The Michaels craft-store chain reported that about 80 stores in 20 states have been hit by a card data stealing scheme that's much wider than previously reported. While the company didn’t give details on exactly how it happened, experts say it could be due to debit- and credit-card skimming, where thieves siphon off personal data from cards and then withdraw money from customer accounts.
Now the company is replacing PIN pads in stores after customers reported losing money due to the apparent card-skimming incidents. Consumer Reports, in its June issue, has an in-depth article explaining exactly why card-skimming keeps happening. In part it’s due to the vulnerable technology used by card companies for both credit and debit cards.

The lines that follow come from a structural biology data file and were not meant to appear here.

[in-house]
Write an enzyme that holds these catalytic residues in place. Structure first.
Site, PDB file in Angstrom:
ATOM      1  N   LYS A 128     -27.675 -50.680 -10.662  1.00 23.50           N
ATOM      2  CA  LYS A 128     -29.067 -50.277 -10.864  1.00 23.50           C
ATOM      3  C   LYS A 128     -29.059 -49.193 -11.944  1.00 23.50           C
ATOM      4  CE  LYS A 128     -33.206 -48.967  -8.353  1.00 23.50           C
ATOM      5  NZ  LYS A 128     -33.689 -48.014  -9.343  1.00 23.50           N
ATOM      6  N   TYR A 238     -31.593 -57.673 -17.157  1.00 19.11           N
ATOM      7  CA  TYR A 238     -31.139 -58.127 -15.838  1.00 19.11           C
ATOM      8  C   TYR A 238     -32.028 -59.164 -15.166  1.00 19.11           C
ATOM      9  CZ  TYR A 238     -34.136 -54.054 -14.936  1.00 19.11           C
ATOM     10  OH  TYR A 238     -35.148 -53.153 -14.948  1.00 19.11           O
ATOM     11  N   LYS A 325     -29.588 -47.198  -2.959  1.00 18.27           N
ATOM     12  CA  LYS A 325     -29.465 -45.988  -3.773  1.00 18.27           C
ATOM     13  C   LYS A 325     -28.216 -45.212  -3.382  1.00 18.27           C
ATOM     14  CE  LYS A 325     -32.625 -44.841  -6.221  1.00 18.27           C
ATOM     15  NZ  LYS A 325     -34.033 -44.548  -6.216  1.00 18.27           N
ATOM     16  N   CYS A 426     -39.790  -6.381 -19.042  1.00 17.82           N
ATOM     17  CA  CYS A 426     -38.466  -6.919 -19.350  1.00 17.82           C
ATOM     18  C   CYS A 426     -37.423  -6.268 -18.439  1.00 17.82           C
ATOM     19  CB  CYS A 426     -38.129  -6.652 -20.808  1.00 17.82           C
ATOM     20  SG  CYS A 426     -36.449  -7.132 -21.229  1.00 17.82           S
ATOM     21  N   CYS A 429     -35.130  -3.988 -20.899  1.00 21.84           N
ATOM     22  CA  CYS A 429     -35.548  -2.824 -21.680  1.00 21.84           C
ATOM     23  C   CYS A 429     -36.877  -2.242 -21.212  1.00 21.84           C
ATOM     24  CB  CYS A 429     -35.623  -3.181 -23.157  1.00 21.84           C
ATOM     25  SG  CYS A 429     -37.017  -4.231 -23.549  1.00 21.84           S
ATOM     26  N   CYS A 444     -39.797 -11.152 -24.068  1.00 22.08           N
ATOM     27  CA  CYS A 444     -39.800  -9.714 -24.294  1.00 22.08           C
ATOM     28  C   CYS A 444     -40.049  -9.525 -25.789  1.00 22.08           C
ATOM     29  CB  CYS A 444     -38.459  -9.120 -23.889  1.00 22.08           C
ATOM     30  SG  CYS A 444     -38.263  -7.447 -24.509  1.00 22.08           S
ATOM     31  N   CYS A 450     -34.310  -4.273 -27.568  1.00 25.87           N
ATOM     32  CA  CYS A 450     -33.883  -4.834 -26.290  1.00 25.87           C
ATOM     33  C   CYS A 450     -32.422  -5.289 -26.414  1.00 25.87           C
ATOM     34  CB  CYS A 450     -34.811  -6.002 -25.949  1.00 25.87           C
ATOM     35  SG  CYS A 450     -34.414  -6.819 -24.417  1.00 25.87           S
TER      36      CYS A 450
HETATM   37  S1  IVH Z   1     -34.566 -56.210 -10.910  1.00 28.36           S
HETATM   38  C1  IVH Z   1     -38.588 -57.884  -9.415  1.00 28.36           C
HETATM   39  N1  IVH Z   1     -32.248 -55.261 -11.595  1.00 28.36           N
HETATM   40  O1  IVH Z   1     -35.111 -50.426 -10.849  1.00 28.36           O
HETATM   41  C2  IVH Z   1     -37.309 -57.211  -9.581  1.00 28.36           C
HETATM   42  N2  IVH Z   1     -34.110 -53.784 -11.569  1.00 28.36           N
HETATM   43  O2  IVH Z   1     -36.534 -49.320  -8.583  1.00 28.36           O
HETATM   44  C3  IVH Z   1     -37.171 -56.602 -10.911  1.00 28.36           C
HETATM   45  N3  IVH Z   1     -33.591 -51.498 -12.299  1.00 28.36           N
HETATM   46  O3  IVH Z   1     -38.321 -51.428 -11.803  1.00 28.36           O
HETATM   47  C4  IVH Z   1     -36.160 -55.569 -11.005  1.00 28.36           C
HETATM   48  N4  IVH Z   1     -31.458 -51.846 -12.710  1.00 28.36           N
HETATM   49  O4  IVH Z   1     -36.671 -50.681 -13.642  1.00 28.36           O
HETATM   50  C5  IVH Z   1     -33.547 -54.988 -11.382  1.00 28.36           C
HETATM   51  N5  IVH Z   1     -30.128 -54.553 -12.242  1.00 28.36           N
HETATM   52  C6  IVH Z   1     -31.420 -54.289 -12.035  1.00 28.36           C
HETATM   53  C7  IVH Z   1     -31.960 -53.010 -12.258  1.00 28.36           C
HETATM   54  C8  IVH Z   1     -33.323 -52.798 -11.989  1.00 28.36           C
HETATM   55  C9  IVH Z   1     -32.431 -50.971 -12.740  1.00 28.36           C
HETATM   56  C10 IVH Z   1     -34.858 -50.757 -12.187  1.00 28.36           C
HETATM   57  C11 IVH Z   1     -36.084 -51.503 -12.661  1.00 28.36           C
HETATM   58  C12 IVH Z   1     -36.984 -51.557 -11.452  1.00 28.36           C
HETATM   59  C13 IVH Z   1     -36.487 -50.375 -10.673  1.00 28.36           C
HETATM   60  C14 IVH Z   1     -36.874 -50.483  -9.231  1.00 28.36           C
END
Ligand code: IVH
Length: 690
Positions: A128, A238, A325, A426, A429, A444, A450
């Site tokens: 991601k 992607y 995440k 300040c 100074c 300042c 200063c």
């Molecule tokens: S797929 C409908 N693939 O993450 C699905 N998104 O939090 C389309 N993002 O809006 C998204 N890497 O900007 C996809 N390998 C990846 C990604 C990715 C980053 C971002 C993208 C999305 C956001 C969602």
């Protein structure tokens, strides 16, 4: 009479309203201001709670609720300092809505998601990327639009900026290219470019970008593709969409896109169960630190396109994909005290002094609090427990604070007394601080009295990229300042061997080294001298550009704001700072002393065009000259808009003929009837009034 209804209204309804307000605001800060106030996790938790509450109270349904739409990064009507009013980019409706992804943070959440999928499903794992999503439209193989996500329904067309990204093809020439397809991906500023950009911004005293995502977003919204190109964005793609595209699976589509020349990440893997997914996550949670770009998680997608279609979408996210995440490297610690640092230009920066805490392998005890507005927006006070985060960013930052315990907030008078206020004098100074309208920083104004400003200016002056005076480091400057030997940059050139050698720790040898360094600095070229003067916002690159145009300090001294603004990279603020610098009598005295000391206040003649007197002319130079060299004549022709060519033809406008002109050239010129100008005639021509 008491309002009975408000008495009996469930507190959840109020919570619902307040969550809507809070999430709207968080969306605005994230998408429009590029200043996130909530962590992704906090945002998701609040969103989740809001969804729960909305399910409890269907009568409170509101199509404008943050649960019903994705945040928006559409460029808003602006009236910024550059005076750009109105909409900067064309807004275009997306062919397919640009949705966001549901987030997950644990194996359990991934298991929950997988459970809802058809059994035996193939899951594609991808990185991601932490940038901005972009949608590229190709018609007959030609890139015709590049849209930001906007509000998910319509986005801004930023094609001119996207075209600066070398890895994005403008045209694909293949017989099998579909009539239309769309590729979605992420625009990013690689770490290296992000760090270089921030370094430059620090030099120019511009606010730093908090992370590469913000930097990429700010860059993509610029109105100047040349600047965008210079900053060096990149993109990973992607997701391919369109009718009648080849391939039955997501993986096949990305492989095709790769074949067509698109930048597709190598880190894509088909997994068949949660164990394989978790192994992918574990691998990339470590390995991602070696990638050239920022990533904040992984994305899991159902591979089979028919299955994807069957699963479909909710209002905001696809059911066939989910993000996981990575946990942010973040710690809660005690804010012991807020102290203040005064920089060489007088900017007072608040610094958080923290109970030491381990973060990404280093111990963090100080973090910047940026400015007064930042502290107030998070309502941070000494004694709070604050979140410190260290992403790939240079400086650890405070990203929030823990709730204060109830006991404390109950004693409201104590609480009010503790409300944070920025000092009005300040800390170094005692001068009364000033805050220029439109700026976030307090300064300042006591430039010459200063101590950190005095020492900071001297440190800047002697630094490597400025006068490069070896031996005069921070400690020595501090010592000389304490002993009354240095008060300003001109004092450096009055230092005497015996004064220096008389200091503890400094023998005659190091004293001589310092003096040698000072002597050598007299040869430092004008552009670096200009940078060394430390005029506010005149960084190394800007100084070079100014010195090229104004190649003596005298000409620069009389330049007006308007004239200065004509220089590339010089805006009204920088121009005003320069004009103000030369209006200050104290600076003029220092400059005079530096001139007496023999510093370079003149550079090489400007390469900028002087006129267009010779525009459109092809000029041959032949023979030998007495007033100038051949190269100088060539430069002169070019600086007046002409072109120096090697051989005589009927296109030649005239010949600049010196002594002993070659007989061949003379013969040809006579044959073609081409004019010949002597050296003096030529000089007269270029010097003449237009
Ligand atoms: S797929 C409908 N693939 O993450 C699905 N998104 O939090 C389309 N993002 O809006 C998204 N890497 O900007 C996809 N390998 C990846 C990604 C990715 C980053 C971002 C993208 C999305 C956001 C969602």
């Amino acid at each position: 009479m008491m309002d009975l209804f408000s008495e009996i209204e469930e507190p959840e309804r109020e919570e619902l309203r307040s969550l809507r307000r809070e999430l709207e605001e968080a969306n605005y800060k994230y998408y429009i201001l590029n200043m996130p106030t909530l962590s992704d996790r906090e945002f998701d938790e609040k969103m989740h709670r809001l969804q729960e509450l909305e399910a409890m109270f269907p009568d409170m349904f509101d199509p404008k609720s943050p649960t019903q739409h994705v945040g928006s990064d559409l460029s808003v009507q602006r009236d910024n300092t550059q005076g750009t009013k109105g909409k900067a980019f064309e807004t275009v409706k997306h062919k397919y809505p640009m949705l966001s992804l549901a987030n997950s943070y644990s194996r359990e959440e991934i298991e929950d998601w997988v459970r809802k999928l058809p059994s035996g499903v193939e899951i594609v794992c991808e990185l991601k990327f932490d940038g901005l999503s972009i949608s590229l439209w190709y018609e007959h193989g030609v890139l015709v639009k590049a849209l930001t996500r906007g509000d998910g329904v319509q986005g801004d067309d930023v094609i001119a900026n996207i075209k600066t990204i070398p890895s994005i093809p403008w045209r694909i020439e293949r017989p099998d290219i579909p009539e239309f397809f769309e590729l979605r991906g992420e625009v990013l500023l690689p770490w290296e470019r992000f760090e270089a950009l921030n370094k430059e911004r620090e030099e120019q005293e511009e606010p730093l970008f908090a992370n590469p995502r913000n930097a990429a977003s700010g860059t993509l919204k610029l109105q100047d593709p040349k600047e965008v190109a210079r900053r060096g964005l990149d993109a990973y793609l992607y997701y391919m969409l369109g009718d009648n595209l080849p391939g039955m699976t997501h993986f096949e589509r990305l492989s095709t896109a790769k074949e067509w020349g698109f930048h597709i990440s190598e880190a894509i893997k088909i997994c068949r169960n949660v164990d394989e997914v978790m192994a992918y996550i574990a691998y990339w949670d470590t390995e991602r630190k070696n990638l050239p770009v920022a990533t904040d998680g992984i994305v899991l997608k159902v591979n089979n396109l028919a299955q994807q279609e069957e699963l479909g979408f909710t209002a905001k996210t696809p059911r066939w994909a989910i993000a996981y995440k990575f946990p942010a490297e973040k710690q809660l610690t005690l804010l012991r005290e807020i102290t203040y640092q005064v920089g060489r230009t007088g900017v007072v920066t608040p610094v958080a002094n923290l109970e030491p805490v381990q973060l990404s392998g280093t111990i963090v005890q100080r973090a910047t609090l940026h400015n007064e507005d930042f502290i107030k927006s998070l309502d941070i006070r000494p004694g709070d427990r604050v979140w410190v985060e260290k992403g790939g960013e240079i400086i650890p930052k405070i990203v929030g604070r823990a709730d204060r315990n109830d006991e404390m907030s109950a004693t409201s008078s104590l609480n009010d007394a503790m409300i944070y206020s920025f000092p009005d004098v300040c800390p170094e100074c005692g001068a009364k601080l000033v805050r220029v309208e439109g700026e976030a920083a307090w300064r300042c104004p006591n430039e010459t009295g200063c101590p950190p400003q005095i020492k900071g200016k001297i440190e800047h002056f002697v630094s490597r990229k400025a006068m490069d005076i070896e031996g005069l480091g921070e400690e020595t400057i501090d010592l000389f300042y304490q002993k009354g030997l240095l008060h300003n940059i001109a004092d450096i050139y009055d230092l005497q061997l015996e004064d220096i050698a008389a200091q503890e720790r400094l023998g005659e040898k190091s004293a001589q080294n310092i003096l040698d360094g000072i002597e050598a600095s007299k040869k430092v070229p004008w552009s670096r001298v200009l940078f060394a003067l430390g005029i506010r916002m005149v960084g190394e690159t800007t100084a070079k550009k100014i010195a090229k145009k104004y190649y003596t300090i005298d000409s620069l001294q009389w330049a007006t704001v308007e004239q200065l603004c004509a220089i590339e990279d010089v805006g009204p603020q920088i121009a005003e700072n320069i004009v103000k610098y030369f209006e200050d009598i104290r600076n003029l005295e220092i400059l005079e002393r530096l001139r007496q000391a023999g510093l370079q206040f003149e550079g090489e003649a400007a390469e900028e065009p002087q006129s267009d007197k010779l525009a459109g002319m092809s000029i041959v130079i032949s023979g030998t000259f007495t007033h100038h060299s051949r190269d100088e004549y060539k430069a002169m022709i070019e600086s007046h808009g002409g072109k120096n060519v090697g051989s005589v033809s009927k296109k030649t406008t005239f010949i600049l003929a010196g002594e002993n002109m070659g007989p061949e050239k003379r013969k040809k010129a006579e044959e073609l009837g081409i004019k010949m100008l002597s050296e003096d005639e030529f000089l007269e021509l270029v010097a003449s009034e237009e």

We also give advice on how consumers can protect themselves, as well as five things companies must do to protect customer data.
UPDATE: Michaels has issued a statement [PDF] noting that customer information was exposed in transactions from February 8, 2011, through May 6, when the retailer disabled PIN pads that had been tampered with at stores throughout the U.S.
The company has also provided a list of stores [PDF] where the compromised PIN pads were found.
The U.S. Secret Service is investigating the apparent widespread criminal skimming scheme. As of May 12, law enforcement officials have received fewer than 100 reports of customer PIN debit cards being used in fraudulent transactions. Though credit card information may also have been exposed, there have been no related reports of credit card fraud yet.